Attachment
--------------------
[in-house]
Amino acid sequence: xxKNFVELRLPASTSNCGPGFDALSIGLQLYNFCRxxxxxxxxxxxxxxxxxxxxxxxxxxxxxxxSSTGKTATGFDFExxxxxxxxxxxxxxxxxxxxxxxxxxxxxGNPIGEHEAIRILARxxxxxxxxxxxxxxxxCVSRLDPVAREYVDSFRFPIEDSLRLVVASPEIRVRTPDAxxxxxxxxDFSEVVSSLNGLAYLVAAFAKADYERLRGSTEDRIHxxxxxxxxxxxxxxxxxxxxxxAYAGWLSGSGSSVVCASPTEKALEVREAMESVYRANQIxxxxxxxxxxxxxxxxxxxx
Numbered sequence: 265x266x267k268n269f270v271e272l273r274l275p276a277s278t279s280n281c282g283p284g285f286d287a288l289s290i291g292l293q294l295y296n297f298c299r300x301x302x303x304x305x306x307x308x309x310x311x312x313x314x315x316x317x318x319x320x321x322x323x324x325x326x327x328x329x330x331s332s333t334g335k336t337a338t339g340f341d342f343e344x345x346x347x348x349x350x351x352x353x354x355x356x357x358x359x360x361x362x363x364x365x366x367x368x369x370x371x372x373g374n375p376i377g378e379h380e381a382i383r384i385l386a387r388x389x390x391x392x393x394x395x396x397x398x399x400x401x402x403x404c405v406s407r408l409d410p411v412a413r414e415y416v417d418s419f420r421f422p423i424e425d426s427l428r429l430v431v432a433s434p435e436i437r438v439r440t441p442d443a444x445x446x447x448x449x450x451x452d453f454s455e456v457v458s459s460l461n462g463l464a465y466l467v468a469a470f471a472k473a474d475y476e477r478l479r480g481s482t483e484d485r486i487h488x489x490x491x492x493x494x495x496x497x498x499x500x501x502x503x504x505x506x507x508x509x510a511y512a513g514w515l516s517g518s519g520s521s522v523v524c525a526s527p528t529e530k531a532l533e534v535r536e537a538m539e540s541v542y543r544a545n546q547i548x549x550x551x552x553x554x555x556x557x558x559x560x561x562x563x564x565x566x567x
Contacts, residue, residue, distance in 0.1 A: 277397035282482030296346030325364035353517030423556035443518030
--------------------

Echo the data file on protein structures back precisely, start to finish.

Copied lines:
[in-house]
Amino acid sequence: xxKNFVELRLPASTSNCGPGFDALSIGLQLYNFCRxxxxxxxxxxxxxxxxxxxxxxxxxxxxxxxSSTGKTATGFDFExxxxxxxxxxxxxxxxxxxxxxxxxxxxxGNPIGEHEAIRILARxxxxxxxxxxxxxxxxCVSRLDPVAREYVDSFRFPIEDSLRLVVASPEIRVRTPDAxxxxxxxxDFSEVVSSLNGLAYLVAAFAKADYERLRGSTEDRIHxxxxxxxxxxxxxxxxxxxxxxAYAGWLSGSGSSVVCASPTEKALEVREAMESVYRANQIxxxxxxxxxxxxxxxxxxxx
Numbered sequence: 265x266x267k268n269f270v271e272l273r274l275p276a277s278t279s280n281c282g283p284g285f286d287a288l289s290i291g292l293q294l295y296n297f298c299r300x301x302x303x304x305x306x307x308x309x310x311x312x313x314x315x316x317x318x319x320x321x322x323x324x325x326x327x328x329x330x331s332s333t334g335k336t337a338t339g340f341d342f343e344x345x346x347x348x349x350x351x352x353x354x355x356x357x358x359x360x361x362x363x364x365x366x367x368x369x370x371x372x373g374n375p376i377g378e379h380e381a382i383r384i385l386a387r388x389x390x391x392x393x394x395x396x397x398x399x400x401x402x403x404c405v406s407r408l409d410p411v412a413r414e415y416v417d418s419f420r421f422p423i424e425d426s427l428r429l430v431v432a433s434p435e436i437r438v439r440t441p442d443a444x445x446x447x448x449x450x451x452d453f454s455e456v457v458s459s460l461n462g463l464a465y466l467v468a469a470f471a472k473a474d475y476e477r478l479r480g481s482t483e484d485r486i487h488x489x490x491x492x493x494x495x496x497x498x499x500x501x502x503x504x505x506x507x508x509x510a511y512a513g514w515l516s517g518s519g520s521s522v523v524c525a526s527p528t529e530k531a532l533e534v535r536e537a538m539e540s541v542y543r544a545n546q547i548x549x550x551x552x553x554x555x556x557x558x559x560x561x562x563x564x565x566x567x
Contacts, residue, residue, distance in 0.1 A: 277397035282482030296346030325364035353517030423556035443518030